7. I niche is a well-defined photography area. Well-defined like in "I shoot XXX images for YYY market". One sentence. Here are some attributes of a niche: - market that pays well (ie demand); - you have to be able to name the clients; - limited supply; - not easy to break in, not available to a passer-by with a camera, requiring some combination of: special access to people and/or locations, special knowledge (depth), special technique and equipment (ex microscopy), understanding the workings of the chosen market; Do your market research, choose a niche and go deep, not wide. Just an opinion. GI
  8. From Wim's first link: "You firstly need to fully understand your niche and subject matter" (emphasis is mine). The opposite of "everything sells" mantra. YMMV. GI Another quote: "Your work has got to be commercially viable in order to get paid. If the work you love producing isn’t, then you have two options. One is to change what you do to get paid and the other is to stick with it, but find another way to make money on the side to help fund it. "
  9. If I were you, before spending a lot of time on scanning, I'd verify that your assumption holds. Do publishers indeed use images like yours? And if they do, how often they get used? Who supplies them and how large is the supply relative to the demand? A bit of market research can go a long way. If the answer is "not worth it", it can save you a lot of time and frustration. GI
  10. No, on a per-sale basis Alamy is not quite microstock. However, the industry is dominated by the big one that rhymes with Jetty, which had essentially become microstock. I quite often get sales for which my share is <$0.10 (big Jetty via an aggregator). I believe I recently got several for which my share was $0.01. Talk about depressing sales. On the PIPY basis the big Jetty still beats Alamy heads down. So is the leading microstock subscription site. Interesting times we live in. GI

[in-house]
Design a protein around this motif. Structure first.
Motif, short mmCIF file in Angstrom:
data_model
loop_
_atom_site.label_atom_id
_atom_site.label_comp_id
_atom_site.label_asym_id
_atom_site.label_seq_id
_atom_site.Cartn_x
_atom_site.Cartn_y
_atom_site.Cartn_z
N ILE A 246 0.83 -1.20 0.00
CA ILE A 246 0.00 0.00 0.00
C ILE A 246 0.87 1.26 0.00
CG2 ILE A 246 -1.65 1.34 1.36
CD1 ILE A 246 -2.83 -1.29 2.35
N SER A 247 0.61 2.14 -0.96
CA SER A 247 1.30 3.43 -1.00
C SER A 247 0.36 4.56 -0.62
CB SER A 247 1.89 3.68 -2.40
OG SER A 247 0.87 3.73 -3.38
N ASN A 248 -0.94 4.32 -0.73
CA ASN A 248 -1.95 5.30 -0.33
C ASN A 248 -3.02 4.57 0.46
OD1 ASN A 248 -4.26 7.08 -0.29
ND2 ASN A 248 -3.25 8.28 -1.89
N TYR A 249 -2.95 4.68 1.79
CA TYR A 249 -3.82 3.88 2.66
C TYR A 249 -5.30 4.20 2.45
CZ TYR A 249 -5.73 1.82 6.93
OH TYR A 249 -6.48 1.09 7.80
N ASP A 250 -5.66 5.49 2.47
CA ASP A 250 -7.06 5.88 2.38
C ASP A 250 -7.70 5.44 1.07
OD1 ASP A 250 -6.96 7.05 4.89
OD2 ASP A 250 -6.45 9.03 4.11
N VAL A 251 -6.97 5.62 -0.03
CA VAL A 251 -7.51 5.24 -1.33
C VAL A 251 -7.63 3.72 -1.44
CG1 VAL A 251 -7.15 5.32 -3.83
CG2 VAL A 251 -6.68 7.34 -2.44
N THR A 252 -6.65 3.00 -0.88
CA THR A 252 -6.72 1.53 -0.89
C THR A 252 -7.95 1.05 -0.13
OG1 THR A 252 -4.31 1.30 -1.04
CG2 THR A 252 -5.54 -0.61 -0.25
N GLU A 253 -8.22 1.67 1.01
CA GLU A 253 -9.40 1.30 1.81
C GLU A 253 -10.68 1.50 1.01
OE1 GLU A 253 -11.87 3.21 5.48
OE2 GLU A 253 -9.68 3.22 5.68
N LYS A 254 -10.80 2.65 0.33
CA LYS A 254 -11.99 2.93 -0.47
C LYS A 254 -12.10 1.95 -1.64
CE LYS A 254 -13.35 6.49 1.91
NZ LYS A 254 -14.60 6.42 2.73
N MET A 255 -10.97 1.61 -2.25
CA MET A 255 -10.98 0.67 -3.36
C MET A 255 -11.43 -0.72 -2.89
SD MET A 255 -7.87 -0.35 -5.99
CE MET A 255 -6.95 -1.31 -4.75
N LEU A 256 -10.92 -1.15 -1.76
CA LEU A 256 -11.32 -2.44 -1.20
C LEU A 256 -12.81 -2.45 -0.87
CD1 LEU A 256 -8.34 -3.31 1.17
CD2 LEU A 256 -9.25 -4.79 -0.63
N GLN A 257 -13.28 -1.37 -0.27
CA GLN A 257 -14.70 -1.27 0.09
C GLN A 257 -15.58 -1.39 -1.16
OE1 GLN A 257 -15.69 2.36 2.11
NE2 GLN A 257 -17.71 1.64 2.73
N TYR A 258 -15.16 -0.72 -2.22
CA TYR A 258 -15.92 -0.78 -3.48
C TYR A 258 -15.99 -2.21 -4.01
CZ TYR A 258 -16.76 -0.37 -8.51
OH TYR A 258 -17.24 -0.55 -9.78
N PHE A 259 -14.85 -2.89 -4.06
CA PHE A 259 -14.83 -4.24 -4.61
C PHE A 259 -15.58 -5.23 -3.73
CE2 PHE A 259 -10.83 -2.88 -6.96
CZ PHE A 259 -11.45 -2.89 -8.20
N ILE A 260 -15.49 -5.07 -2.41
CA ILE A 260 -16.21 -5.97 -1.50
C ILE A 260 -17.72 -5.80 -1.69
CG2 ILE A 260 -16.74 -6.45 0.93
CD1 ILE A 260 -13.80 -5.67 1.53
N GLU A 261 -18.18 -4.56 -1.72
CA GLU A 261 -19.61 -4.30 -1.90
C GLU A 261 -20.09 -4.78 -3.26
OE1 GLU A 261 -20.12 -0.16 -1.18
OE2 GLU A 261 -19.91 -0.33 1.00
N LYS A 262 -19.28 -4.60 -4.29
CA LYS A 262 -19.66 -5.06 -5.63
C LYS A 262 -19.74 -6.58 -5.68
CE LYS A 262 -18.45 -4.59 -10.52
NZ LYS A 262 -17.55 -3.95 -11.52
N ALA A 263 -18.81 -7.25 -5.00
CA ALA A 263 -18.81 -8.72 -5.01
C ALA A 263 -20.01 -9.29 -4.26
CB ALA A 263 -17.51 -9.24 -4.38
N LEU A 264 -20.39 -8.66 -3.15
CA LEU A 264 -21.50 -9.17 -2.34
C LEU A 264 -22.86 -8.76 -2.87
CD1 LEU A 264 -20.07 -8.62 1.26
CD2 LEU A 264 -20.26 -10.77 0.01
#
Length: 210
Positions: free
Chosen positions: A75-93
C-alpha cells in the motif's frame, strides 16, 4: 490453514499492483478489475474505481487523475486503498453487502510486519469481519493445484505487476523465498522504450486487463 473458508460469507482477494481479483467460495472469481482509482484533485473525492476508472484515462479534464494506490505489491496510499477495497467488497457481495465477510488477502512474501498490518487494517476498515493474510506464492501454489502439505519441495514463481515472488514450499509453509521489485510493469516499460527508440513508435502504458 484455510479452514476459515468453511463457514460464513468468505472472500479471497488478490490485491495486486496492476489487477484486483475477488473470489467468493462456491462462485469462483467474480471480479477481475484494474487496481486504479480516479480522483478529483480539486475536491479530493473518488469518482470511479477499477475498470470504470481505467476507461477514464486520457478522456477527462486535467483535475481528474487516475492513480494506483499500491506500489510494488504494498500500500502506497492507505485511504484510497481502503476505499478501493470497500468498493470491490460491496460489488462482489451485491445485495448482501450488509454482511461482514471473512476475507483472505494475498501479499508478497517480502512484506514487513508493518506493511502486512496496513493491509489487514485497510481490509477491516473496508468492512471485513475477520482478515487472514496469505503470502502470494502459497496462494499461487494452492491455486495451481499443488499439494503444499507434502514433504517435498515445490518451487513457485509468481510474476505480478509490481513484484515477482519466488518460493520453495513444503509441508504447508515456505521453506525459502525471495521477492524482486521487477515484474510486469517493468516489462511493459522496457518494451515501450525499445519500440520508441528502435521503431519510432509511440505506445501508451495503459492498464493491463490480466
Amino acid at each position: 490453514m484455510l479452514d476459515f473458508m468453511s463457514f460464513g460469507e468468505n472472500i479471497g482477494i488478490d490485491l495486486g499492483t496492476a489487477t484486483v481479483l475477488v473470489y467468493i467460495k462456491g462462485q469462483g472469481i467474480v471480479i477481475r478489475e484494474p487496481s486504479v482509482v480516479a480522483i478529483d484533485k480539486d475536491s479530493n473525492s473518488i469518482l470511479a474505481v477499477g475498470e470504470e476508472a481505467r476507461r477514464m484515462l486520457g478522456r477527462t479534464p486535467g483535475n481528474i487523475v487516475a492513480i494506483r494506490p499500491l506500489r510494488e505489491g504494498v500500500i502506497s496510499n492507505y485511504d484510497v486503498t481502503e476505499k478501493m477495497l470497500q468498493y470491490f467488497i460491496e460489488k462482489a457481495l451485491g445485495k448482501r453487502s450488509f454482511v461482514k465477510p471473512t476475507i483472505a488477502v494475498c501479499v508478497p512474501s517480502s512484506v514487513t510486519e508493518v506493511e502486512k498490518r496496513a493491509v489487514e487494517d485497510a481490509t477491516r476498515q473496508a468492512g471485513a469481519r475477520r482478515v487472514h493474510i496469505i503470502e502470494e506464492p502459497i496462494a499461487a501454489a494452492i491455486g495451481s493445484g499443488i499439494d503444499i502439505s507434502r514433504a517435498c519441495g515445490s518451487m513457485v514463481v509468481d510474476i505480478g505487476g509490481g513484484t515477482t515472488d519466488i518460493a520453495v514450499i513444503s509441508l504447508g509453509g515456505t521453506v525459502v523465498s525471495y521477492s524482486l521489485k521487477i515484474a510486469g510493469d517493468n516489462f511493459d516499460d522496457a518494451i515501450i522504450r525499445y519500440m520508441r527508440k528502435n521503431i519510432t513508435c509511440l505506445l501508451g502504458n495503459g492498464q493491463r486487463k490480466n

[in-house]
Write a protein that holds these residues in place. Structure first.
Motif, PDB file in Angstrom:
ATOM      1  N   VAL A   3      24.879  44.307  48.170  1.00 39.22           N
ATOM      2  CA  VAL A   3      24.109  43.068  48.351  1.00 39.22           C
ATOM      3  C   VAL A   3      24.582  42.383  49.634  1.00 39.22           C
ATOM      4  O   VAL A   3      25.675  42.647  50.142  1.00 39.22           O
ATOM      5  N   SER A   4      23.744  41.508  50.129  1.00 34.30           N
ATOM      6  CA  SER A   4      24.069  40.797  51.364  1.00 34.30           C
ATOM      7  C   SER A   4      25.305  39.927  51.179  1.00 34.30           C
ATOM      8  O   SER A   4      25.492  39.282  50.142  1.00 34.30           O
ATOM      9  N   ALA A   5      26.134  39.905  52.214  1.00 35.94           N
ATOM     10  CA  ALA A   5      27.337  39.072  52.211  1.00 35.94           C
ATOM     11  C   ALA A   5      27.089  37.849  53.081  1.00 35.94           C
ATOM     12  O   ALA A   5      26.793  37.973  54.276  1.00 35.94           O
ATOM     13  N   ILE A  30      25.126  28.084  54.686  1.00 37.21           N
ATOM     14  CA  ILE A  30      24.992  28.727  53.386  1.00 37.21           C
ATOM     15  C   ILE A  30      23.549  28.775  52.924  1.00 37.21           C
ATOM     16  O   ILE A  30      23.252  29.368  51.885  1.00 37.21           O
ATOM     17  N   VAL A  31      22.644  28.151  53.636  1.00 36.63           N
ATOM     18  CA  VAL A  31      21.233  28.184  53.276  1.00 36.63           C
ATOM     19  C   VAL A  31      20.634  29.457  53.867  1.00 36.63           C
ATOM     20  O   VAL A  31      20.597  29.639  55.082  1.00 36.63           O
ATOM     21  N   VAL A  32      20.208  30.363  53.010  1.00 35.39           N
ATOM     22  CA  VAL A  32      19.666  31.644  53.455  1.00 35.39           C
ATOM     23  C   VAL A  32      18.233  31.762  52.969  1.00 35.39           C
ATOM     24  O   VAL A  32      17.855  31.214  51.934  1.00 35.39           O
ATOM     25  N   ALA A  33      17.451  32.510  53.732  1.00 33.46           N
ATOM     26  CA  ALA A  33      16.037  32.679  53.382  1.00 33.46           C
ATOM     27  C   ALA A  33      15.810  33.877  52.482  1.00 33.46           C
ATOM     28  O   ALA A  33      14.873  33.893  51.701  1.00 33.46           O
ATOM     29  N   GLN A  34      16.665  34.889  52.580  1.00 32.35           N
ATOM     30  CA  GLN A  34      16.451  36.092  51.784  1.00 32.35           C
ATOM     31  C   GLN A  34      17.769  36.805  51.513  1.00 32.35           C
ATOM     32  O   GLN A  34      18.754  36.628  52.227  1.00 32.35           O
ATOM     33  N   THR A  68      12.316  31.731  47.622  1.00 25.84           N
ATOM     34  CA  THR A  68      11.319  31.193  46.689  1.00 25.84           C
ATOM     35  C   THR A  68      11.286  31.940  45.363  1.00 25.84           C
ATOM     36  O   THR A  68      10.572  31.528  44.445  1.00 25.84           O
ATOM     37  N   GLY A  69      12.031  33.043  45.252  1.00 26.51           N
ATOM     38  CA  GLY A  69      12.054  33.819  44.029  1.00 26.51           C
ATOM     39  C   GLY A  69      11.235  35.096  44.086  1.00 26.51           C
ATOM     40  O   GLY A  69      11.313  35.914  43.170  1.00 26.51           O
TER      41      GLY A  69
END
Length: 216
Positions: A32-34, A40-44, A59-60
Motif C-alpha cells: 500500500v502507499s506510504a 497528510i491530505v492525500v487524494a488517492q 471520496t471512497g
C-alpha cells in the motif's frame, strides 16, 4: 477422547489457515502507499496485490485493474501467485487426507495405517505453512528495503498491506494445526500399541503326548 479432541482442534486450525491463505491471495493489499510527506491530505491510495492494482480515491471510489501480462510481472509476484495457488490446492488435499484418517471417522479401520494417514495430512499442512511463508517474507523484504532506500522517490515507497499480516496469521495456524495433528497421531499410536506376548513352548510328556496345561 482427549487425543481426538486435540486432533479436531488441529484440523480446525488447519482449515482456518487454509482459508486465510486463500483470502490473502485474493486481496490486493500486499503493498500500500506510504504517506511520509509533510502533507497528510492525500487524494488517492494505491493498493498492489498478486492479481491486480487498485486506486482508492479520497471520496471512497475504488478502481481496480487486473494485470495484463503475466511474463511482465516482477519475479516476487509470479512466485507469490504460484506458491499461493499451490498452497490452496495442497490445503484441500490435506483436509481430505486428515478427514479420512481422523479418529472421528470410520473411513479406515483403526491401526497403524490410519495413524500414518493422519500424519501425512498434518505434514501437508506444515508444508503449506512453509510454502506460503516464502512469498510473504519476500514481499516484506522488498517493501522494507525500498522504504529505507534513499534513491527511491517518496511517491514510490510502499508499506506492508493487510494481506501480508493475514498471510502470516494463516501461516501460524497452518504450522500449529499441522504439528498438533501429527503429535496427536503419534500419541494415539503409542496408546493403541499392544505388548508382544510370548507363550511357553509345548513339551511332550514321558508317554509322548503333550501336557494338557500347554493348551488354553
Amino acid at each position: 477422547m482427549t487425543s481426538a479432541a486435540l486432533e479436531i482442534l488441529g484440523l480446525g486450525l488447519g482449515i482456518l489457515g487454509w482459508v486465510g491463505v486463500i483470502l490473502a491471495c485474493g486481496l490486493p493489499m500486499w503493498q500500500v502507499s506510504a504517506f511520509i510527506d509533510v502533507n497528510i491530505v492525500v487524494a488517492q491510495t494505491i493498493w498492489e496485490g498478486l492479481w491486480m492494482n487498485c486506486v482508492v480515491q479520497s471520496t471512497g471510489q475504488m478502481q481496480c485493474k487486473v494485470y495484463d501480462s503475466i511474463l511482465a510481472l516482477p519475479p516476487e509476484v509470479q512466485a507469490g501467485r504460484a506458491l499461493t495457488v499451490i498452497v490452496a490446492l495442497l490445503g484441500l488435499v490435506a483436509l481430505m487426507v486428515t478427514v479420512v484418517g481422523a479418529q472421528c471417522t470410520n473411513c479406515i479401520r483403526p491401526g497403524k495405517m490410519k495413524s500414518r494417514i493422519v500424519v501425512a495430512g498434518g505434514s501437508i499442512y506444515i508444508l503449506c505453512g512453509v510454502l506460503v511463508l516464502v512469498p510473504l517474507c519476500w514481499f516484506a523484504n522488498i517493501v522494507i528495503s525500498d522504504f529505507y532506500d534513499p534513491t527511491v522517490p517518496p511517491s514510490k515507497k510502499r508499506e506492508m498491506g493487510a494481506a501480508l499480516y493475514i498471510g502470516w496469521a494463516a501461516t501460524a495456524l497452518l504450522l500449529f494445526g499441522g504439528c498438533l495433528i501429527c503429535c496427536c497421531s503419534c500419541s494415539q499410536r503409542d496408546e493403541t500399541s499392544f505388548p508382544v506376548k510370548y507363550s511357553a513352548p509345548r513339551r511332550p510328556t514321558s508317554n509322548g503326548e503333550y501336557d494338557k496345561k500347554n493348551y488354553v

11. 1. business 2. concepts 3. real-looking people doing real-looking things (model released) .. 10. travel 11. what you see is what you shoot
  12. Not a secret. Specialize. Shoot for the market. Research. An example given 10-15 years ago on the old AlamyPro forum by Geoff Kidd (if I remember correctly): "If you are shooting in a garden, do not shoot flowers, shoot garden pests." Something like that. GI
  13. I feel sympathy for everybody, exclusive and non-exclusive.. Unfortunately, it does not matter to this contributor. 50% or 40% of a very small (and declining in time) amount does not make much difference. Last image shot specifically for Alamy was in 2010-2011.. Last outtake available for upload to Alamy was in 2014... There are much greener pastures out there... GI
  14. Had been using Manfrotto 410 for 10+ years in the studio, still works well. GI